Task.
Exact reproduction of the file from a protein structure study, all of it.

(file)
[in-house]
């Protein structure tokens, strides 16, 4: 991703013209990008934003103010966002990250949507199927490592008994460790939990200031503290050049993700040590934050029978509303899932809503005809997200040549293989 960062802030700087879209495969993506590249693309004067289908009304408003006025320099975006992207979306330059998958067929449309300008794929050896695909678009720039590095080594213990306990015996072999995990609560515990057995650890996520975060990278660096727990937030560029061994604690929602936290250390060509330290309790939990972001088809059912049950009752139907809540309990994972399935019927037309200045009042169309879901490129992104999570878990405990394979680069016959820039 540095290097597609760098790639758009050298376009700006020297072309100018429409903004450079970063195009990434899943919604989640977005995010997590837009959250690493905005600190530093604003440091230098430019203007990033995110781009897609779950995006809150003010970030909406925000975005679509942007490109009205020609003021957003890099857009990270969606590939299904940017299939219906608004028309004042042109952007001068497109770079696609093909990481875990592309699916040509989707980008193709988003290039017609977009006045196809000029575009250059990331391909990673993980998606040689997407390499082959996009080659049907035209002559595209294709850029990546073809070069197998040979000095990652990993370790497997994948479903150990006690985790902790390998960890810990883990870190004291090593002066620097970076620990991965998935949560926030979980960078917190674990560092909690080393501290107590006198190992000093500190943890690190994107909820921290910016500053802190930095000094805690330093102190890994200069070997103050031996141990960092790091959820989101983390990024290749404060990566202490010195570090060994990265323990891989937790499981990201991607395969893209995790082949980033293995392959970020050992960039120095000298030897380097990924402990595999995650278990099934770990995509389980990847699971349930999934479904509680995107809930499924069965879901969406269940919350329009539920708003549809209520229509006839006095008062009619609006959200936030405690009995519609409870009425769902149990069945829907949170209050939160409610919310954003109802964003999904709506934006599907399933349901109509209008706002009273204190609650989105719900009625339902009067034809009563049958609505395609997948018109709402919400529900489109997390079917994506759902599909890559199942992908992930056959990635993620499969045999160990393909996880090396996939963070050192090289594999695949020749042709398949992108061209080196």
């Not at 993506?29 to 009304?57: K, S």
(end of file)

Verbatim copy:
[in-house]
């Protein structure tokens, strides 16, 4: 991703013209990008934003103010966002990250949507199927490592008994460790939990200031503290050049993700040590934050029978509303899932809503005809997200040549293989 960062802030700087879209495969993506590249693309004067289908009304408003006025320099975006992207979306330059998958067929449309300008794929050896695909678009720039590095080594213990306990015996072999995990609560515990057995650890996520975060990278660096727990937030560029061994604690929602936290250390060509330290309790939990972001088809059912049950009752139907809540309990994972399935019927037309200045009042169309879901490129992104999570878990405990394979680069016959820039 540095290097597609760098790639758009050298376009700006020297072309100018429409903004450079970063195009990434899943919604989640977005995010997590837009959250690493905005600190530093604003440091230098430019203007990033995110781009897609779950995006809150003010970030909406925000975005679509942007490109009205020609003021957003890099857009990270969606590939299904940017299939219906608004028309004042042109952007001068497109770079696609093909990481875990592309699916040509989707980008193709988003290039017609977009006045196809000029575009250059990331391909990673993980998606040689997407390499082959996009080659049907035209002559595209294709850029990546073809070069197998040979000095990652990993370790497997994948479903150990006690985790902790390998960890810990883990870190004291090593002066620097970076620990991965998935949560926030979980960078917190674990560092909690080393501290107590006198190992000093500190943890690190994107909820921290910016500053802190930095000094805690330093102190890994200069070997103050031996141990960092790091959820989101983390990024290749404060990566202490010195570090060994990265323990891989937790499981990201991607395969893209995790082949980033293995392959970020050992960039120095000298030897380097990924402990595999995650278990099934770990995509389980990847699971349930999934479904509680995107809930499924069965879901969406269940919350329009539920708003549809209520229509006839006095008062009619609006959200936030405690009995519609409870009425769902149990069945829907949170209050939160409610919310954003109802964003999904709506934006599907399933349901109509209008706002009273204190609650989105719900009625339902009067034809009563049958609505395609997948018109709402919400529900489109997390079917994506759902599909890559199942992908992930056959990635993620499969045999160990393909996880090396996939963070050192090289594999695949020749042709398949992108061209080196």
């Not at 993506?29 to 009304?57: K, S």